Monday, June 13, 2022

Fender Bender Confusion

I work at a racetrack frequently. I've seen cars flip, slide, and impact each other. It's not something that is enjoyable, but something that's almost unavoidable in the high intensity sport of auto racing. With 27 years of racetrack experience, I know exactly what to do with the flags when an incident occurs. I know the radio procedure, what to say, what to listen for, and this all happens without thought because it's second nature. However, when an incident occurred involving myself on the public road, all that experience meant nothing.

This incident occurred over a month ago, the last time I was home in Saint Louis. I had bought a new car just a few weeks prior and was out running errands when I approached a red light. There was a merge lane I could enter for the right on red and as I looked over my left shoulder I started to go, but a box truck came up the hill at a speed way to fast and was changing lanes. This prompted me to stop and just as I was about to go again, I was jolted back in my seat. 

I was confused. There was so much force felt that I was awaiting the sound of glass bouncing around. My neck quickly burned, and I looked in my mirror assured I was going to see a massive amount of damage. However, all I could see was the emblem of a Hyundai SUV that looked fine. Surely there was a car behind the SUV that pushed it into me. Seconds passed by that felt like hours as I tried to make sense of the situation. I looked around and realized I needed to get my car out of the lanes and onto the shoulder.

Fear quickly set in. Would the driver that hit me be mad at me. It wasn't my fault, but I couldn't process what was about to occur. When I exited my car, I walked back and was amazed at what I saw. The damage was, well, by bumper was creased but that was it. For as much force as I felt I couldn't believe it. About this time the other driver got to me and started talking but I couldn't hear the words he was saying because my brain was going so fast on all the things that should, could, and might happen.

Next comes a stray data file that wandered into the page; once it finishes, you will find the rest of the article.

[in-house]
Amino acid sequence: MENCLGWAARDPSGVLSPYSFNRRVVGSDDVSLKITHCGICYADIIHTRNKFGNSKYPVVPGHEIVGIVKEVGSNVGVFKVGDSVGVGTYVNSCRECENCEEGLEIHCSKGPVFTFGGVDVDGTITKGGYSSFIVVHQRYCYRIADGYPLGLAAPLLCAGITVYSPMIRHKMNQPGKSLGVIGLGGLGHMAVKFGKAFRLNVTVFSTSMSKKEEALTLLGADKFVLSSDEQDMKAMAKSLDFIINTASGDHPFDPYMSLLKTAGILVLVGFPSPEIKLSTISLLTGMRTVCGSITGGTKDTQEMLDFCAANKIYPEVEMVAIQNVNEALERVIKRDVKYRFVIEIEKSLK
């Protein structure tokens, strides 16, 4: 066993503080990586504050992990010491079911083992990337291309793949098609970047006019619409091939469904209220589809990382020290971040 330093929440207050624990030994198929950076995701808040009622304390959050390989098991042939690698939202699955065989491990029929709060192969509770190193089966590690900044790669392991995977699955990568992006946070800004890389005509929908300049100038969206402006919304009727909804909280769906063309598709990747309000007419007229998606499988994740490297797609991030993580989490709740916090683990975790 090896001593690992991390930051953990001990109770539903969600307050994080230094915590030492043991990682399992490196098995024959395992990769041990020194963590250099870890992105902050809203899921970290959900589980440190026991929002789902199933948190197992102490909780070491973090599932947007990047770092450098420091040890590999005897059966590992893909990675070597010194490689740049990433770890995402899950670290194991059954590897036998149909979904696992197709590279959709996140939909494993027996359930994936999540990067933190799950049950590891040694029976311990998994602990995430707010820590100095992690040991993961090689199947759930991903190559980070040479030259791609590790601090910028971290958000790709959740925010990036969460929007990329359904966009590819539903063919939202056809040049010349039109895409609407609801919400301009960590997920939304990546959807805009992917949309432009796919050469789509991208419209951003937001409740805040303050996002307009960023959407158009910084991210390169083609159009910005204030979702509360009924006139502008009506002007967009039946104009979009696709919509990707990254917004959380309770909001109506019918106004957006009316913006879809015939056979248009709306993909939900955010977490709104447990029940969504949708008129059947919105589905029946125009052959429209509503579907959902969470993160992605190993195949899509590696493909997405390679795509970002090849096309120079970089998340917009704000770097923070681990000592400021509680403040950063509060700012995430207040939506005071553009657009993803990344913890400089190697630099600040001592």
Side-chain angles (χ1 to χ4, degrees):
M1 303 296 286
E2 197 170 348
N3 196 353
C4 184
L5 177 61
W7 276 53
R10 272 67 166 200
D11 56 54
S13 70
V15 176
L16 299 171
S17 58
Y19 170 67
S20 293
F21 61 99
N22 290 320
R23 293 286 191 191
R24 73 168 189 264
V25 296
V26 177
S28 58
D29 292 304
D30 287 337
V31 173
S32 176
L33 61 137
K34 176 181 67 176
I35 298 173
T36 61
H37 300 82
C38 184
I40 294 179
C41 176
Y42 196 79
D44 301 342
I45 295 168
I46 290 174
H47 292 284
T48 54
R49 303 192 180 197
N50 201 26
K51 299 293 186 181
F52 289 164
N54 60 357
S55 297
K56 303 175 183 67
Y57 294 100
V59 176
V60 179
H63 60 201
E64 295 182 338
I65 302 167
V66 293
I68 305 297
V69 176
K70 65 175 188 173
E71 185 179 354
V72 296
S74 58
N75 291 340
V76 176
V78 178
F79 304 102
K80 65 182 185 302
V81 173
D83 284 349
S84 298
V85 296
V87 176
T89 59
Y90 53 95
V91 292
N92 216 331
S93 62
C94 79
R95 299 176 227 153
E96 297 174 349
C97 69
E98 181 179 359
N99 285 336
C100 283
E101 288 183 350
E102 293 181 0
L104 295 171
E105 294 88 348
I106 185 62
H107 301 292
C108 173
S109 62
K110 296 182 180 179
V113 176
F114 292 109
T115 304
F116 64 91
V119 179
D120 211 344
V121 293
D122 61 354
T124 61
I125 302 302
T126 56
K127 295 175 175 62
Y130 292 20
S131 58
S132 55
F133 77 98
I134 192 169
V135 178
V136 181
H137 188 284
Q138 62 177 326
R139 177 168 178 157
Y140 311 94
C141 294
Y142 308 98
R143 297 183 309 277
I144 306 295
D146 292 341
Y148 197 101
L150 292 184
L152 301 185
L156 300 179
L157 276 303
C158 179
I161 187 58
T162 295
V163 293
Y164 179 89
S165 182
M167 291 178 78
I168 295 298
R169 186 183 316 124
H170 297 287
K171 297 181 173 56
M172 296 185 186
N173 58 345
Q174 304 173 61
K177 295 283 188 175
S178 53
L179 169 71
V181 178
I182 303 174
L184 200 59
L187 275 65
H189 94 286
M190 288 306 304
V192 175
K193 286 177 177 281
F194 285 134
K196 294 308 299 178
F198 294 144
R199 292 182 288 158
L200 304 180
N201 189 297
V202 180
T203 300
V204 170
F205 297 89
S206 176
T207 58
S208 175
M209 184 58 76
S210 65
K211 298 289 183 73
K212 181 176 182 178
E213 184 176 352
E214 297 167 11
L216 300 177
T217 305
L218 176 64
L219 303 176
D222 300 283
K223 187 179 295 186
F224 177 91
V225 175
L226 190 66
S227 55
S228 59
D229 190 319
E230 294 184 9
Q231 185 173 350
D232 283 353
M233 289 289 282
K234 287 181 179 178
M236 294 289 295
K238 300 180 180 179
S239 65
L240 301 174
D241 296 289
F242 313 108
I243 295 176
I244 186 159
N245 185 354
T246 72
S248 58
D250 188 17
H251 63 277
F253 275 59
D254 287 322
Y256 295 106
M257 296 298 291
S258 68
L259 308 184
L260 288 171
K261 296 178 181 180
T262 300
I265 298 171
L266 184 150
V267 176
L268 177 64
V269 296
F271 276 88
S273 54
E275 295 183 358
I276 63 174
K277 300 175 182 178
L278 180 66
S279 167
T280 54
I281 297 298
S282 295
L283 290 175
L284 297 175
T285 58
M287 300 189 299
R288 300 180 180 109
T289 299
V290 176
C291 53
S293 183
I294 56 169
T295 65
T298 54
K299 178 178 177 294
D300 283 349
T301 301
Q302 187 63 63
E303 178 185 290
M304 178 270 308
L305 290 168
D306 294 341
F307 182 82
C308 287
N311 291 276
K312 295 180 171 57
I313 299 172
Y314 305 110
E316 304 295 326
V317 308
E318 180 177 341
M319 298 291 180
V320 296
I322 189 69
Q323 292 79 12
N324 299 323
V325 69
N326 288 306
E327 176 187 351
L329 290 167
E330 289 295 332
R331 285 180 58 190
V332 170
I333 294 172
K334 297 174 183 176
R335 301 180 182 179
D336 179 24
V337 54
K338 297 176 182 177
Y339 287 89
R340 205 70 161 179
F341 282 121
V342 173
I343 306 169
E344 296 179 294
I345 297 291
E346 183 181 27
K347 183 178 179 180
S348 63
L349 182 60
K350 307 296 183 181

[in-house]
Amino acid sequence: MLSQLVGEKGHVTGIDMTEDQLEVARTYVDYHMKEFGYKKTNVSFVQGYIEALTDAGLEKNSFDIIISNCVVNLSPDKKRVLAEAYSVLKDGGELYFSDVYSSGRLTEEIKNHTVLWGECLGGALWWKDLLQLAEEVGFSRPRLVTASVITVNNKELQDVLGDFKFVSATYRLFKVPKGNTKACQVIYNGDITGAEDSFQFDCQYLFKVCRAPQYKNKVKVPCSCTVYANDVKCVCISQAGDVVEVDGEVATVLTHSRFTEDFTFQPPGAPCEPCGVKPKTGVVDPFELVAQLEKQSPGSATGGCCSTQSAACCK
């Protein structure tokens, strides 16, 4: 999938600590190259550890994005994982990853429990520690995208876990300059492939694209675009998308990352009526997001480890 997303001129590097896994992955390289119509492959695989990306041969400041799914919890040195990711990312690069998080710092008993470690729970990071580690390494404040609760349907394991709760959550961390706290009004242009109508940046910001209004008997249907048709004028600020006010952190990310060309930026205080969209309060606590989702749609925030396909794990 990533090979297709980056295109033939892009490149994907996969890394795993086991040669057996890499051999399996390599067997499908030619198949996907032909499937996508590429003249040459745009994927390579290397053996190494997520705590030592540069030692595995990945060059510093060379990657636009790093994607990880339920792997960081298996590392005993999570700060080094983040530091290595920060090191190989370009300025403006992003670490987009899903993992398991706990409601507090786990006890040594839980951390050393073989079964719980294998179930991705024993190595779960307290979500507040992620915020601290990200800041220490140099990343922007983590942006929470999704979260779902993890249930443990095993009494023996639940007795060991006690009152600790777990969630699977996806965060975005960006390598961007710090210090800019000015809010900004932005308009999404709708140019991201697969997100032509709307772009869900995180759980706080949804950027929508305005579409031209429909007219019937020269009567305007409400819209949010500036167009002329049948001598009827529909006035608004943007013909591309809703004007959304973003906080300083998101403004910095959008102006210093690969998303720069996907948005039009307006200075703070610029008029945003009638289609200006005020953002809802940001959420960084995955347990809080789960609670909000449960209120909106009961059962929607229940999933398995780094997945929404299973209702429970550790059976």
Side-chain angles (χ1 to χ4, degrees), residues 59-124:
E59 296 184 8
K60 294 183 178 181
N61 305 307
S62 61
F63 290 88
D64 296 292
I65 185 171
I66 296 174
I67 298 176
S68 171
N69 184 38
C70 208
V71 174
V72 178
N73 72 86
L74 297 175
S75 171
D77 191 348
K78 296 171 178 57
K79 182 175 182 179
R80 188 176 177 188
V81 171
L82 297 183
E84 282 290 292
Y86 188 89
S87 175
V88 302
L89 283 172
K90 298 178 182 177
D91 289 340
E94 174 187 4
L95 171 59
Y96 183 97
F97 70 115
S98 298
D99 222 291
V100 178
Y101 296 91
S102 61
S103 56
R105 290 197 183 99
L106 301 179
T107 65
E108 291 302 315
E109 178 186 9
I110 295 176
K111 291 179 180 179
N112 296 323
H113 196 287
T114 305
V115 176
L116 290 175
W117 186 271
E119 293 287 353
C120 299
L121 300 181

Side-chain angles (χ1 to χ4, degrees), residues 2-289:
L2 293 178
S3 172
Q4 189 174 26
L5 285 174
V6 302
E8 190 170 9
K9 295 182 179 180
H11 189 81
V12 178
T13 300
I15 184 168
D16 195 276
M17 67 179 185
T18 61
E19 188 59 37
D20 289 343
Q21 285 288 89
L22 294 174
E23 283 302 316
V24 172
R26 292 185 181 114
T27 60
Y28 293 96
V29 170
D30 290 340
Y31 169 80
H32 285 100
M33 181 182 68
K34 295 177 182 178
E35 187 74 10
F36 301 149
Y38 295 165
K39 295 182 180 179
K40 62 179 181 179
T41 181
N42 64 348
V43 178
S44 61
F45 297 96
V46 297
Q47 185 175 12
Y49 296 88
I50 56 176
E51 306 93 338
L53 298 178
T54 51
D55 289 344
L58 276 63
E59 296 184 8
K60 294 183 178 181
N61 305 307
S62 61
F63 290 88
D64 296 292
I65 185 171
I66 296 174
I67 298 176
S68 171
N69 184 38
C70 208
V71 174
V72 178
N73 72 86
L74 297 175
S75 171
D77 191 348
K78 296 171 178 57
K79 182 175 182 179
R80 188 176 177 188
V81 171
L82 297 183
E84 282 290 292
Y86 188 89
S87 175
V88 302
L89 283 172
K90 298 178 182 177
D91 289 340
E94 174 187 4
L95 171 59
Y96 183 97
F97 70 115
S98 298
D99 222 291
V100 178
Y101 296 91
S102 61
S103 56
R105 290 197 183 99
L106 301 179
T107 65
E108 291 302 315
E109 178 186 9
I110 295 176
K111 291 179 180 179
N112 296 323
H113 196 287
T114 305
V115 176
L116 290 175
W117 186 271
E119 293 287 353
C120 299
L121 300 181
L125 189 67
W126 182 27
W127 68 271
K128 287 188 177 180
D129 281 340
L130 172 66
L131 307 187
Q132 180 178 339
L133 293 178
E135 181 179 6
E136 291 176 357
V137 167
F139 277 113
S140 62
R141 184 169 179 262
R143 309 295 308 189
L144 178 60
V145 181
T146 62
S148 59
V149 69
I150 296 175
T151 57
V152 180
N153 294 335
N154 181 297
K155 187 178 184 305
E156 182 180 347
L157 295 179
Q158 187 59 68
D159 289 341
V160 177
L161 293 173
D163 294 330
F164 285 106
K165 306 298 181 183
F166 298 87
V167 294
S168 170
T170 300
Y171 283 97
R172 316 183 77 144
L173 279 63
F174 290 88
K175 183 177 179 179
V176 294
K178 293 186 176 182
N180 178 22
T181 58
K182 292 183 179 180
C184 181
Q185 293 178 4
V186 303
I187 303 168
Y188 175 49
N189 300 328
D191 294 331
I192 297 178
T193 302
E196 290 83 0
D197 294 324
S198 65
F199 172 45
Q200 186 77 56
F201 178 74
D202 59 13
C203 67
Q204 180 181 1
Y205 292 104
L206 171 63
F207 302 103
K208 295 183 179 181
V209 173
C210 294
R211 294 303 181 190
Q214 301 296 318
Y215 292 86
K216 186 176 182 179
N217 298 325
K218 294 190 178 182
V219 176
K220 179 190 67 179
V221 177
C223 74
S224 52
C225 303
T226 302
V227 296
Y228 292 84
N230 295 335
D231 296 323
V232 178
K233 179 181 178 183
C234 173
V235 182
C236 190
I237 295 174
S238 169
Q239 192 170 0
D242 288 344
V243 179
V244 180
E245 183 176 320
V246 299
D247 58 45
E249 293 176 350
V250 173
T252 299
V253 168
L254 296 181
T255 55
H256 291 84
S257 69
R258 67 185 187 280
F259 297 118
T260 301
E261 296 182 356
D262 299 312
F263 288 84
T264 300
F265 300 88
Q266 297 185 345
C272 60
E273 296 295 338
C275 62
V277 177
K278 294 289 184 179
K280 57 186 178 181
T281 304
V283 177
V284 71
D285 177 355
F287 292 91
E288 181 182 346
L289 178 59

The other driver kept talking and I eventually turned to him, looked down and away from him, and simply said, "I'm on the autism spectrum and I have no idea what I'm supposed to do right now." Was this the right thing to say? I'm not sure, and perhaps not because this could've opened me up to him exploiting this and saying, "Oh, the damage isn't that bad, we don't need to do anything." Instead of this, he mentioned that I should take a photo of his license, the damage, his license plate, and his insurance card. 

When the routine of the day is broken; when the unexpected occurs, we on the autism spectrum may struggle with what to do next. We can train, or practice what we should do when the unexpected occurs, but when it happens, we may not be able to react in a timely manner. This is what happened and I'm extremely thankful the man that hit me was honest, nice, understanding, and helped me through the process. At the racetrack I expect the unexpected and am prepared for anything at any time and will have no issues processing the "what to do next" aspect of the job. This is why, in my book Finding Kansas, I refer to Asperger's as a "situational handicap" because there can be a similar situation arise in two environments and the reaction can vary drastically.

The end result of the fender bend gave me a bit more faith in humanity. I know not everyone will be understanding, or honest, but on this day the guy was, and I'll remember that honesty the next time the unexpected occurs and someone attempts to take advantage of the situation.

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